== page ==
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      1. I know exactly what you’re talking about – that perilous moment of decision about whether or not to read further. And it isn’t even necessarily that you’re going to be exposed to a solution. There’s also the question of whether or not you want to learn that much about the plot.

        I experienced that with Noah’s recent post on The Dutch Shoe Mystery. I could see that there was a lot of fun commentary for me to take in, but I also wanted to avoid learning too much about the story.

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      2. As a rule, I try to not even read the publisher-provided synopsis. Some of the people who write those things very clearly do not know where “tempting” stops and “spoiling” begins…

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      3. The back cover of my Dell copy of Christianna Brand’s Fog of Doubt features three brief snippets of newspaper reviews. One of them reveals a key plot point about why the victim was killed and another exposes a twist in how the solution unfolds.

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  3. I actually had The Murder of Roger Ackroyd, of all things, spoiled for me… (Yes, I know it’s not Carr, but stick with me.)

    [SPOILERS for Roger Ackroyd!]

    When I finally got around to reading it, my first Christie, I got confused because I assumed that you-know-who was Poirot’s regular sidekick. So I convinced myself that I must have mistaken the book, and was just as blindsided by the twist as the rest of the human race. So a happy ending, then.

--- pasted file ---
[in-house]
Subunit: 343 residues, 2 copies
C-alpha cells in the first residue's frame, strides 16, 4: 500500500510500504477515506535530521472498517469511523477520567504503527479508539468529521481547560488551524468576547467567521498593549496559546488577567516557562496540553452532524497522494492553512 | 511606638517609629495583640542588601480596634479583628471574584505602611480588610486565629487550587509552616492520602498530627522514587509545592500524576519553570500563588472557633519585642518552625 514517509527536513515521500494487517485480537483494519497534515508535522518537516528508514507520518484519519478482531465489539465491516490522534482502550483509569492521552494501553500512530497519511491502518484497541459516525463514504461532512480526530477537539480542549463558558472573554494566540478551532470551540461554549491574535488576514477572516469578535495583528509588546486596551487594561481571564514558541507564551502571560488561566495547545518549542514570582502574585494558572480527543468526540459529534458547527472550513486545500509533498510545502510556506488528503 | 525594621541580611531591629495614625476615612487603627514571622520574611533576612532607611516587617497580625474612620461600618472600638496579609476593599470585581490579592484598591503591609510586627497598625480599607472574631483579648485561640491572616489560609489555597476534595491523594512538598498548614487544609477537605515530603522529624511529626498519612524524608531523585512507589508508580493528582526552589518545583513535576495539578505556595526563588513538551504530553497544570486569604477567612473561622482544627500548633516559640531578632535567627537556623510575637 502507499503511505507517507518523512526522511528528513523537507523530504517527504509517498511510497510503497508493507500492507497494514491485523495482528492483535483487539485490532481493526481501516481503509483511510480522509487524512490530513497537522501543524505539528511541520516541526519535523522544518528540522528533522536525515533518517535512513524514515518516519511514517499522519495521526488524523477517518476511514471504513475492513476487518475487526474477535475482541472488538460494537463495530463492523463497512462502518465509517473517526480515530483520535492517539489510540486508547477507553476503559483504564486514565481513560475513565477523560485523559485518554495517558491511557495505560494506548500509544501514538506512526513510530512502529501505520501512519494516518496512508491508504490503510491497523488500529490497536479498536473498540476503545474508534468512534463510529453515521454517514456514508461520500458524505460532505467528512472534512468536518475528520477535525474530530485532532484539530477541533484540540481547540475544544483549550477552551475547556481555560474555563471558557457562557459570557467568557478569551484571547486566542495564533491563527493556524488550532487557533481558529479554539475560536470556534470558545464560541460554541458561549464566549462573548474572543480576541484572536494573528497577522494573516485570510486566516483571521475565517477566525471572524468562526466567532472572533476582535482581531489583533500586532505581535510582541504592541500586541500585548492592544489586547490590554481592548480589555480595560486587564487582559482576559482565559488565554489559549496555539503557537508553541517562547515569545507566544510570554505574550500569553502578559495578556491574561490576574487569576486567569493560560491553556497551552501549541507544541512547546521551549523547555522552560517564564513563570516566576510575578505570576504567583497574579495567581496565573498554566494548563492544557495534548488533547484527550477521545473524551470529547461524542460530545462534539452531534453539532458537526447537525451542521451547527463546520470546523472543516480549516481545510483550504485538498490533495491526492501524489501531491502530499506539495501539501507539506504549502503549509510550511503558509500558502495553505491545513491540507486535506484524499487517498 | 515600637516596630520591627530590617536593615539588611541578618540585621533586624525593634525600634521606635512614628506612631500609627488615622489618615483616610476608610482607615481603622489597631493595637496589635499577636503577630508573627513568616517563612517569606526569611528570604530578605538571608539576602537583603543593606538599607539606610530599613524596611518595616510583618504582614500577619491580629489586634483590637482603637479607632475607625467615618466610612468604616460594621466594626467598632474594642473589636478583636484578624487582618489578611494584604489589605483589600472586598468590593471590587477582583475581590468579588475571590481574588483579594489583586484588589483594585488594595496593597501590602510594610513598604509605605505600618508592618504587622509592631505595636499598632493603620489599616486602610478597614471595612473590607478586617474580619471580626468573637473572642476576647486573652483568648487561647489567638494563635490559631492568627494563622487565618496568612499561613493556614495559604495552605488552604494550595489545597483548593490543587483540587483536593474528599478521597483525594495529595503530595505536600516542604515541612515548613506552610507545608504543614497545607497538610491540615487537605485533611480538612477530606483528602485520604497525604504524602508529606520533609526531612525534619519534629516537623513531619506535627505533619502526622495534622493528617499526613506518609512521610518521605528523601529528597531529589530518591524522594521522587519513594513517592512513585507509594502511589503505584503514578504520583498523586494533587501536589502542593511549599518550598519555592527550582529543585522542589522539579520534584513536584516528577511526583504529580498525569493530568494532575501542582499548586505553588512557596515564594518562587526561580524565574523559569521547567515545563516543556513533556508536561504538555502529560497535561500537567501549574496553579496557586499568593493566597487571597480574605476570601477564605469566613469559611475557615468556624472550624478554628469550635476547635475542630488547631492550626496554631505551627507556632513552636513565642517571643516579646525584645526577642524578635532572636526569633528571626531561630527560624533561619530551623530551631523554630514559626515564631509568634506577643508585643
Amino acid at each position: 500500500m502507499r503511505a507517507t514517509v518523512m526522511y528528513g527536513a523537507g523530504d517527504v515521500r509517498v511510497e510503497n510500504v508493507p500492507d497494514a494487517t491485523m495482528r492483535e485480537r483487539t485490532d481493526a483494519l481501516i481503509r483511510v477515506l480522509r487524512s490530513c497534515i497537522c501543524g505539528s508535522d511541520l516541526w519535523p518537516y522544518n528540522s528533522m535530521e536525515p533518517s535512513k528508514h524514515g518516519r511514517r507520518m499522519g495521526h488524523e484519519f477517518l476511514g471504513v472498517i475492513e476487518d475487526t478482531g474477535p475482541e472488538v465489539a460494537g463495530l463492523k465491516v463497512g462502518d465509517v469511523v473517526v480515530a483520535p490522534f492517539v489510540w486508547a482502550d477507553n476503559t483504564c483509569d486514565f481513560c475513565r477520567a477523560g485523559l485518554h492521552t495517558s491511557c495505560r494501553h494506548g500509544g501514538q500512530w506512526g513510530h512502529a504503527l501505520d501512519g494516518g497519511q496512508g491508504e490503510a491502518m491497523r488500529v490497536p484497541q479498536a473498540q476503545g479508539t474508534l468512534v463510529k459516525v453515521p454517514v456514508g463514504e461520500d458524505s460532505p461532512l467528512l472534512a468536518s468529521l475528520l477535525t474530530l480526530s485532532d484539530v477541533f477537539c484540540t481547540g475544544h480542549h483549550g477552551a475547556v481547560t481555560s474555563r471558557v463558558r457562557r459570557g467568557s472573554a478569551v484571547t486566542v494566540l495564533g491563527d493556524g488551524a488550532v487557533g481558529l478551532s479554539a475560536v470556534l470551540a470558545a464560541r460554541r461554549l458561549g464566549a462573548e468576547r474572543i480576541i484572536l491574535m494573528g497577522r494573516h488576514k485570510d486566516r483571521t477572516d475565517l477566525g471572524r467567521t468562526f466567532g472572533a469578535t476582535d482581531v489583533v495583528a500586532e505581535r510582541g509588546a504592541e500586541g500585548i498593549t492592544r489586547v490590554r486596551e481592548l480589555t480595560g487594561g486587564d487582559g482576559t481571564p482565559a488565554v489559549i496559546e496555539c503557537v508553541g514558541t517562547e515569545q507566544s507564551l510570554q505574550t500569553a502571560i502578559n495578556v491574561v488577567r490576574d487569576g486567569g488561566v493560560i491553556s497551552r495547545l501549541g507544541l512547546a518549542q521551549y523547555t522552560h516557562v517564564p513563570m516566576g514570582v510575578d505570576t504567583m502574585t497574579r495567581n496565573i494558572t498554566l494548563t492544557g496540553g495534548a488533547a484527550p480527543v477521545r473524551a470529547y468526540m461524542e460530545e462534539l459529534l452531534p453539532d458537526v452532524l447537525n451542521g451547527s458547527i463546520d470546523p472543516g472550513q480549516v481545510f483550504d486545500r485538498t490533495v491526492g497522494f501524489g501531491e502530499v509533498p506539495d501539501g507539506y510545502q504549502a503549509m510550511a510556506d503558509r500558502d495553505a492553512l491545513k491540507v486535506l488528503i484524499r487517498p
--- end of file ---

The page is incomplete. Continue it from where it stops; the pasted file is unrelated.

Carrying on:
[END SPOILERS]

    As far as JDC goes, I’d say the absolute one not to have spoiled is probably the obvious choice, The Hollow Man/The Three Coffins. The solution is repeated in so many places that it’s difficult not to find it, but–if it is spoiled–it loses part (not all, but part) of its charm. The Burning Court, certainly. And possibly The Crooked Hinge, as its solution can be summarized so succinctly?

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    1. I’ve skipped your spoilers for The Murder of Roger Ackroyd because I haven’t read it yet, although I did have the book spoiled by none other than Carr himself in The Man Who Could Not Shudder. That was frustrating because I had TMoRA sitting right there on my TBR pile as my first Christie, and then that just got blown away.

      As for The Hollow Man – I foolishly spoiled this one for myself. When I first heard of the genre of locked room mysteries, I was curious and I sought out a few plot summaries to see how they were done. What a mistake!

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      1. Ah, too bad!

        Sorry about the spoilers. I certainly wouldn’t want someone’s enjoyment of a book spoiled by my description of how it was spoiled for me!

        The great thing is that there are still good points about both books even if one knows the central twist. That’s one characteristic on which Christie, Queen, and Carr have, say, Paul Halter beat[en], in my opinion…